Jan. 6 footage shows DOJ, court focused on Shaman’s costume, not crime
Fox’s Tucker Carson this week aired the highly anticipated release of previously unreleased footage from the January 6 riot.
The first tranche of videotapes raises serious concerns over previous claims made by committee members on Jan. 6.
But the most serious revelations, in my opinion, relate to the case of “QAnon Shaman” Jacob Chansley.
I have previously expressed reservations about the severe sentence imposed on Chansley.
The new images raise more questions about the handling of the case by the Ministry of Justice and the court.
After the Republican Party boycotted the committee following the rejection of its proposed members, the committee could have pushed for a balanced investigation.
Instead, it hired a former ABC producer to put on a production for television, including tightly scripted statements and questions.
Witnesses were used as virtual props and the committee consistently blocked all alternative views and evidence.
Members repeatedly used the hearing to pitch for the midterm and 2024 elections.
Even the The New York Times admitted the story was intended to “revise the interim message” and “give [Democrats] a platform to make a broader case about why they deserve to stay in power.”
I supported the creation of the commission and was highly critical of President Donald Trump’s comments before the riot.
Indeed, I publicly condemned Trump’s speech when it was delivered, and I called for a bipartisan vote of disapproval over his responsibility in the riots.
I also found many of the testimonies of respected officials against the violence and election denial very disturbing.
The committee sacrificed its legitimacy by holding hearings that often resembled a show trial rather than an objective congressional inquiry. It could have been so much more.
But Chansley’s footage was deeply disturbing.
I supported the prosecution of those who rebelled on January 6. As I said immediately after the uprising, it was a violation of our constitutional process.
Still, many of us were surprised that Chansley received a 41-month prison sentence for “obstructing a federal proceeding.”
The penalty was higher than that for violent crimes. Indeed, an Antifa member who took an ax to a member’s office in Fargo, ND was later put on probation… and his ax back.
I also objected to the Justice Department’s draconian treatment of keeping figures like Chansley in solitary confinement for extended periods without clear justification.
We knew that Chansley was not involved in violence or property destruction. However, the footage showed Chansley walking through one of the doors with hundreds of others, only to be escorted through the Capitol by a few officers.
The officials appear to be assisting him in gaining access to internal areas.
He walks past a dozen armed officers who do not try to stop him. He even seems to thank the cops for their help.
It is not clear whether the defense had access to all of these videotapes. Either way, these tapes are in stark contrast to what was presented in court.
The Justice Department portrayed Chansley as a violent offender. Prosecutor Kimberly Paschall played videos to show Chansley screaming along with the crowd. “That’s not peaceful,” she insisted.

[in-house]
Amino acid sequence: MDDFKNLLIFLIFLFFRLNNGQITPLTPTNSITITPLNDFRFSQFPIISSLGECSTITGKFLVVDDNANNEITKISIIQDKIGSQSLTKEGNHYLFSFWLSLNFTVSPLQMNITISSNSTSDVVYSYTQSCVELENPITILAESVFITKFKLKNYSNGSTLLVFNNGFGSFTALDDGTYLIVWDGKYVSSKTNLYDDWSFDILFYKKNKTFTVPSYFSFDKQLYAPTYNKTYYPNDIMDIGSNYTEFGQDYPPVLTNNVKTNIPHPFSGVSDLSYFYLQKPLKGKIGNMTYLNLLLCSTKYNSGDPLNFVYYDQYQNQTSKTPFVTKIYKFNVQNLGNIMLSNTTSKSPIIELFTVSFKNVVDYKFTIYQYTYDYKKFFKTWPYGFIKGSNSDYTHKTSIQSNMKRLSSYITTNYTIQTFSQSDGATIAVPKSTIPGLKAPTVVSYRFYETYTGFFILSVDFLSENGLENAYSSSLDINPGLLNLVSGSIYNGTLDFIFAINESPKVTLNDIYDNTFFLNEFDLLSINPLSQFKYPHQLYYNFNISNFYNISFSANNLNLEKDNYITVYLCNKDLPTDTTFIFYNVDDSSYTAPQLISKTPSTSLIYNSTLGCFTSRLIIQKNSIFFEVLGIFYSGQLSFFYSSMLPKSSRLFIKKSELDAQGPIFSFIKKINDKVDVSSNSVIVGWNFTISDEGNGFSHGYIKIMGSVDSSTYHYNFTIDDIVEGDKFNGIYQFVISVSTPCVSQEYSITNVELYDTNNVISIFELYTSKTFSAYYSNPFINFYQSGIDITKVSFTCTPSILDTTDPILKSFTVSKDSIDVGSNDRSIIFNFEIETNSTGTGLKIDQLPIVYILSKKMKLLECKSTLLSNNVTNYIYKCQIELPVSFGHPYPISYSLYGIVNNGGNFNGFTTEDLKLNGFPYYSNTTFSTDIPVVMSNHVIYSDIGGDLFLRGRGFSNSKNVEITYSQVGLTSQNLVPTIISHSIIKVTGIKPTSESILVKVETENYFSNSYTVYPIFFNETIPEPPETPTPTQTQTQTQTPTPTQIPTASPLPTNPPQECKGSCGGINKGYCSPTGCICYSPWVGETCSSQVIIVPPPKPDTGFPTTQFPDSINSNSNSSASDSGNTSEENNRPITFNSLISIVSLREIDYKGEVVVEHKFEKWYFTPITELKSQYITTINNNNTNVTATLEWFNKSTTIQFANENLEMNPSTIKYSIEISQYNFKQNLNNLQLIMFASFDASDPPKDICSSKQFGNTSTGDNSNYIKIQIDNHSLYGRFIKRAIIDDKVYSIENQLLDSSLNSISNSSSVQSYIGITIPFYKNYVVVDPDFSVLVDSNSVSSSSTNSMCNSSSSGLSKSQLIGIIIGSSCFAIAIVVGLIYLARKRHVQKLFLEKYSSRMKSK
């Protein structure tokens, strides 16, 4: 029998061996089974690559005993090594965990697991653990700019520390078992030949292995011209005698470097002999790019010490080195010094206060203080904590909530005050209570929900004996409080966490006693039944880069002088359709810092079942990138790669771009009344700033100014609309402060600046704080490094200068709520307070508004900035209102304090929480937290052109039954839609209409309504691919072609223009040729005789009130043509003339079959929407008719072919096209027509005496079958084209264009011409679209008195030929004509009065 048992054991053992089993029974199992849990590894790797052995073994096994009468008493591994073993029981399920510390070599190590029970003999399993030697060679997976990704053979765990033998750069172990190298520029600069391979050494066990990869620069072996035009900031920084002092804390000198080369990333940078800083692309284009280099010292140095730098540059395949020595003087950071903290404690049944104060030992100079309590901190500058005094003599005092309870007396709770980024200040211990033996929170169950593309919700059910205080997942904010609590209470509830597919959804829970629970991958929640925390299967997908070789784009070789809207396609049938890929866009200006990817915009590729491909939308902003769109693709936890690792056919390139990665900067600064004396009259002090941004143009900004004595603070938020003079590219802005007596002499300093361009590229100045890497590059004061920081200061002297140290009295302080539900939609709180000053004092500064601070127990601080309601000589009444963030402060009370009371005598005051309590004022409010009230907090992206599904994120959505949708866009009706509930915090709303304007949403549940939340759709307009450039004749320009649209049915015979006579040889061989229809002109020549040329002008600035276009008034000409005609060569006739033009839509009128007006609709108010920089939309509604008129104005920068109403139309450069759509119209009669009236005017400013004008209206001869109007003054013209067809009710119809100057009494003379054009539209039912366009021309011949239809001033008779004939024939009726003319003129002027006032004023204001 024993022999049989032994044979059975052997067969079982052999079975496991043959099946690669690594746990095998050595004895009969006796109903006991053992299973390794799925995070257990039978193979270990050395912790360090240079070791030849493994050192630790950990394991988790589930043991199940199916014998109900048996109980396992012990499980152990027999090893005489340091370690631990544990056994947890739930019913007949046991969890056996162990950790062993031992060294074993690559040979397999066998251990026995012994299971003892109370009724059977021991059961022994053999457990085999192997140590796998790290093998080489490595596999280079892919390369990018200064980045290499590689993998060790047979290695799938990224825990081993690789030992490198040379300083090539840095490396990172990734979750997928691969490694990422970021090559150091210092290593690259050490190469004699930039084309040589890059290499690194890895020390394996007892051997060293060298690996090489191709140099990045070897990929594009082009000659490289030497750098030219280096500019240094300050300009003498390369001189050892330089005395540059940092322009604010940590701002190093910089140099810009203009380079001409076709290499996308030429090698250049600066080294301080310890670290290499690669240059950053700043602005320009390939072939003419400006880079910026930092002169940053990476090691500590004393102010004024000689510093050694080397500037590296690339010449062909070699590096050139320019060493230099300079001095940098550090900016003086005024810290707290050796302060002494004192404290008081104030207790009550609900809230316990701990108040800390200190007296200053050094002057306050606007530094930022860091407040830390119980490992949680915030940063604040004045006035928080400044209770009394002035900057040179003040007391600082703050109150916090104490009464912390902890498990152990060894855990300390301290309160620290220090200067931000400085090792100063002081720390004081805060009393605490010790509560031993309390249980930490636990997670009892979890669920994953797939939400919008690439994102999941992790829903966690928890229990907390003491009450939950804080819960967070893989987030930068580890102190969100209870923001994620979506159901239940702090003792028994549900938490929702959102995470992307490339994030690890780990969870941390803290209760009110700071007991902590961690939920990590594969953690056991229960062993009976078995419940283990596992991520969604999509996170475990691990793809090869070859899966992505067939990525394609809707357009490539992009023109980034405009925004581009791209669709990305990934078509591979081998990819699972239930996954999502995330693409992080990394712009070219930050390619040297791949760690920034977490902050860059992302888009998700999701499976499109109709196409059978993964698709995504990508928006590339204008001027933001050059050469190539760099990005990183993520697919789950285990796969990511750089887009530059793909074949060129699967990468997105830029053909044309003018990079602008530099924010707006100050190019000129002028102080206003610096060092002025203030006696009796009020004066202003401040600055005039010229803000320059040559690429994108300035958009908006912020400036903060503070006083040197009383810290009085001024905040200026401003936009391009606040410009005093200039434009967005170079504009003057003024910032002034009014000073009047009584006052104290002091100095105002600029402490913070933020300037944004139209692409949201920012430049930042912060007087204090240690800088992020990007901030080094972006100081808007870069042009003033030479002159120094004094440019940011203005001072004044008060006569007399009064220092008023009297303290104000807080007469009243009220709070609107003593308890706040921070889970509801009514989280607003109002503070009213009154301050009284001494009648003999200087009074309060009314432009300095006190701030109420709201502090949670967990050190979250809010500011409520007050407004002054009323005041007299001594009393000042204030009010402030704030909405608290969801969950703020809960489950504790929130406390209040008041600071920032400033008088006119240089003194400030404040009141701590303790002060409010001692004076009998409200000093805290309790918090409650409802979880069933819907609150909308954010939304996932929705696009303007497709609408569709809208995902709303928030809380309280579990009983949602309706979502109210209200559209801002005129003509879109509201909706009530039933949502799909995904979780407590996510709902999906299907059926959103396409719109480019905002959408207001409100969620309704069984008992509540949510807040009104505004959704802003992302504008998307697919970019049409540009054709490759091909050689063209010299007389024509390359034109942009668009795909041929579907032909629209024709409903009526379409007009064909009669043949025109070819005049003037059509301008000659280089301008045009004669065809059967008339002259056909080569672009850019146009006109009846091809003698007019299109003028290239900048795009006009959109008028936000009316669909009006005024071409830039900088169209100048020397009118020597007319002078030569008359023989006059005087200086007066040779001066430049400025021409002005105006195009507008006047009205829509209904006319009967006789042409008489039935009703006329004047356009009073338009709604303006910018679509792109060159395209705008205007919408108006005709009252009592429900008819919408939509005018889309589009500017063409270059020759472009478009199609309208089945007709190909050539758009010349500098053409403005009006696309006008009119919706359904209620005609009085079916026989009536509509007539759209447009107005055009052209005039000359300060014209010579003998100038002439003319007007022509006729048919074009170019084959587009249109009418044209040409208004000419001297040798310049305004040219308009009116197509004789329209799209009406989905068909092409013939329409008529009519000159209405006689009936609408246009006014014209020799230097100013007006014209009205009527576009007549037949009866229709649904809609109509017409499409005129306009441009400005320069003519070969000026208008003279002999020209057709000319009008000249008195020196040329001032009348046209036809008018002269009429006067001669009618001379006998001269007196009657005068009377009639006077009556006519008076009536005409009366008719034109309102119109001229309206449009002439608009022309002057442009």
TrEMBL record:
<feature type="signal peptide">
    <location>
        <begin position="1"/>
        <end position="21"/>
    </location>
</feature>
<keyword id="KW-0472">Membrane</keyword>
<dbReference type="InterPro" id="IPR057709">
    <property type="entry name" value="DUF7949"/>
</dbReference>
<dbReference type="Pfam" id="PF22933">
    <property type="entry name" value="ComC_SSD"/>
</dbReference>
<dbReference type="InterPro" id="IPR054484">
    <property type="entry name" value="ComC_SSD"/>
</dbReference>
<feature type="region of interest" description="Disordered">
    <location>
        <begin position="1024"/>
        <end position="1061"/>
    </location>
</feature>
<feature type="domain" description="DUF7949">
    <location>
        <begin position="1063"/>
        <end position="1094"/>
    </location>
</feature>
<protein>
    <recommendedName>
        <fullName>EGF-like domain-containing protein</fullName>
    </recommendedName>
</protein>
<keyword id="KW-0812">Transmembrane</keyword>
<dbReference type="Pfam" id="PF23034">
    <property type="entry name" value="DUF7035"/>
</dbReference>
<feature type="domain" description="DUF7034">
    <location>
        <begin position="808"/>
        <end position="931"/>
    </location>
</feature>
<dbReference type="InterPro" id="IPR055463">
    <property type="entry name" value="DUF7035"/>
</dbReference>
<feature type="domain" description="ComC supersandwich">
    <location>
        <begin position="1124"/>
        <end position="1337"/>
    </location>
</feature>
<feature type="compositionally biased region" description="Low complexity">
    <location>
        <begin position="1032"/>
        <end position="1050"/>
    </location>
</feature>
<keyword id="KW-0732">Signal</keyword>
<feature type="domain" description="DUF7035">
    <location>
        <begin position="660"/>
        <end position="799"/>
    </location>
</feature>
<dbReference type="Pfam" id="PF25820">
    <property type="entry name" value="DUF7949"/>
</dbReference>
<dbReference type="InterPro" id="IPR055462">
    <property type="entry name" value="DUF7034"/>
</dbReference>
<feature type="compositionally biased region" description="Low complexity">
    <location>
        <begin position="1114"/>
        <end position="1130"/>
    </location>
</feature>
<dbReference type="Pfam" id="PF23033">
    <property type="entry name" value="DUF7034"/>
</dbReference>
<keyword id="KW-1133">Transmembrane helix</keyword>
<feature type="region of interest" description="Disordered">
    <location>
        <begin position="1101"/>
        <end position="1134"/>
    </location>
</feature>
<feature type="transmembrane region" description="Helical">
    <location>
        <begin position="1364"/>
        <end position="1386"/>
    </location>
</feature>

In his verdict, Judge Royce Lamberth noted, “He made himself the image of the riot, didn’t he? For good or bad, he made himself the image of this whole event.
I have a lot of respect for Lamberth, but the sentence was hard to justify, especially compared to other defendants.
Chansley, a Navy veteran, had no criminal record and pleaded guilty. His case became increasingly painful as his personality disorder and other emotional issues came to light. He stood before Lamberth and begged that there was “a lot of bad juju that I never wanted to create.”
But none of those mitigating factors seemed to count for much.
I agree with Lamberth that Chansley and others warrant longer-than-average sentences for this assault on our constitutional process. However, Chansley seems to have a unique “aggravating factor” in his conviction for “iconic costumes”.
An out-of-work actor, Chansley became an instant sensation by appearing in his animal headdress, horns, and red, white, and blue face paint.
Had he only worn a MAGA hat and chinos, he probably would have received a fraction of this penalty.
Chansley didn’t seem to be the leader of any group that day as he wandered around the Capitol. The only people with him were often two present and remarkably observant Capitol police officers.
On the Senate floor, he is described as “chanting an unintelligible mantra” before leaving.
Chansley confirms the old expression among defense attorneys: “One day on the cover of Time, next day doing time.” That’s an award that comes from being a famous shaman.
Again, Chansley and any rioters deserve jail time. What happened on January 6 was an embarrassment that left a lasting wound to this nation.
But making Chansley an example for being the most visible is dangerously detached from his underlying behavior.
I have no particular sympathy for Chansley, but I do worry about the system that has condemned him.
Ultimately, the judiciary must remain blind. In this case, that means focusing on the crime rather than the costume.